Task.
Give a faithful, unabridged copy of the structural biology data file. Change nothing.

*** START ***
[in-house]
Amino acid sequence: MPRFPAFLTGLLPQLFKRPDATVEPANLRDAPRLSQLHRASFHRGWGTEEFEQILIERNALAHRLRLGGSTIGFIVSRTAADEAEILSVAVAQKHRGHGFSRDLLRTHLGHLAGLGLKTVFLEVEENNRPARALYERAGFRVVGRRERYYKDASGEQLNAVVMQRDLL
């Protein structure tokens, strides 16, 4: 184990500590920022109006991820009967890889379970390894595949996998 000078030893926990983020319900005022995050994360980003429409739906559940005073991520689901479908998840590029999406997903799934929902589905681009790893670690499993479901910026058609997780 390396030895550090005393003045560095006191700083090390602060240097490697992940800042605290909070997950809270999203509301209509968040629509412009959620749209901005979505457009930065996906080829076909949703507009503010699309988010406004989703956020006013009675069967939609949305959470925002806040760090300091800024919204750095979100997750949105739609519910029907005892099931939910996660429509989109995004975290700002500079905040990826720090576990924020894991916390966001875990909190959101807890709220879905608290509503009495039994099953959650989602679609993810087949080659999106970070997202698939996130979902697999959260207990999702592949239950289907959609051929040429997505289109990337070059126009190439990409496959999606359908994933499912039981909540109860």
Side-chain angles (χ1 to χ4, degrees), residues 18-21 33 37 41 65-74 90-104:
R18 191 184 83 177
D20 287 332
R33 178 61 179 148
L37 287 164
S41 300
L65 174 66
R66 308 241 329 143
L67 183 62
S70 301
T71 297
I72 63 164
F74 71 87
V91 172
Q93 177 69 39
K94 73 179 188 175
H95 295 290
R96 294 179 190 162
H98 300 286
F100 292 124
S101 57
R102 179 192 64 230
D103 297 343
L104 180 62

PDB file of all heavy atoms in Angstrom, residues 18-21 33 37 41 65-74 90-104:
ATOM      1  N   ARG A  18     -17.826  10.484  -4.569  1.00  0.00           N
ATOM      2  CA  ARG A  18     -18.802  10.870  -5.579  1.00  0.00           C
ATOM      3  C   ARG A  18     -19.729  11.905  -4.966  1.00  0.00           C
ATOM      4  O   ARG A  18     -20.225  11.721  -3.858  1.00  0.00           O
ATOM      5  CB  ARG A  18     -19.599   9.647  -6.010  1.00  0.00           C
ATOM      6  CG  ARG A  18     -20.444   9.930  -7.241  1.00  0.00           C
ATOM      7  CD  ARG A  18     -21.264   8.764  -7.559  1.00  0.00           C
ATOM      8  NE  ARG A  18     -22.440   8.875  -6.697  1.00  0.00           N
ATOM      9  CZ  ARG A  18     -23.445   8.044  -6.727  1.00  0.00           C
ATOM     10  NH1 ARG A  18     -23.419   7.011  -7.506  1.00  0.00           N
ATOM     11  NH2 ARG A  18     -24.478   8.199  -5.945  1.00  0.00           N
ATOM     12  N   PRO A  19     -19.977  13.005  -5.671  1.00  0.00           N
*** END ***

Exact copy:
[in-house]
Amino acid sequence: MPRFPAFLTGLLPQLFKRPDATVEPANLRDAPRLSQLHRASFHRGWGTEEFEQILIERNALAHRLRLGGSTIGFIVSRTAADEAEILSVAVAQKHRGHGFSRDLLRTHLGHLAGLGLKTVFLEVEENNRPARALYERAGFRVVGRRERYYKDASGEQLNAVVMQRDLL
């Protein structure tokens, strides 16, 4: 184990500590920022109006991820009967890889379970390894595949996998 000078030893926990983020319900005022995050994360980003429409739906559940005073991520689901479908998840590029999406997903799934929902589905681009790893670690499993479901910026058609997780 390396030895550090005393003045560095006191700083090390602060240097490697992940800042605290909070997950809270999203509301209509968040629509412009959620749209901005979505457009930065996906080829076909949703507009503010699309988010406004989703956020006013009675069967939609949305959470925002806040760090300091800024919204750095979100997750949105739609519910029907005892099931939910996660429509989109995004975290700002500079905040990826720090576990924020894991916390966001875990909190959101807890709220879905608290509503009495039994099953959650989602679609993810087949080659999106970070997202698939996130979902697999959260207990999702592949239950289907959609051929040429997505289109990337070059126009190439990409496959999606359908994933499912039981909540109860």
Side-chain angles (χ1 to χ4, degrees), residues 18-21 33 37 41 65-74 90-104:
R18 191 184 83 177
D20 287 332
R33 178 61 179 148
L37 287 164
S41 300
L65 174 66
R66 308 241 329 143
L67 183 62
S70 301
T71 297
I72 63 164
F74 71 87
V91 172
Q93 177 69 39
K94 73 179 188 175
H95 295 290
R96 294 179 190 162
H98 300 286
F100 292 124
S101 57
R102 179 192 64 230
D103 297 343
L104 180 62

PDB file of all heavy atoms in Angstrom, residues 18-21 33 37 41 65-74 90-104:
ATOM      1  N   ARG A  18     -17.826  10.484  -4.569  1.00  0.00           N
ATOM      2  CA  ARG A  18     -18.802  10.870  -5.579  1.00  0.00           C
ATOM      3  C   ARG A  18     -19.729  11.905  -4.966  1.00  0.00           C
ATOM      4  O   ARG A  18     -20.225  11.721  -3.858  1.00  0.00           O
ATOM      5  CB  ARG A  18     -19.599   9.647  -6.010  1.00  0.00           C
ATOM      6  CG  ARG A  18     -20.444   9.930  -7.241  1.00  0.00           C
ATOM      7  CD  ARG A  18     -21.264   8.764  -7.559  1.00  0.00           C
ATOM      8  NE  ARG A  18     -22.440   8.875  -6.697  1.00  0.00           N
ATOM      9  CZ  ARG A  18     -23.445   8.044  -6.727  1.00  0.00           C
ATOM     10  NH1 ARG A  18     -23.419   7.011  -7.506  1.00  0.00           N
ATOM     11  NH2 ARG A  18     -24.478   8.199  -5.945  1.00  0.00           N
ATOM     12  N   PRO A  19     -19.977  13.005  -5.671  1.00  0.00           N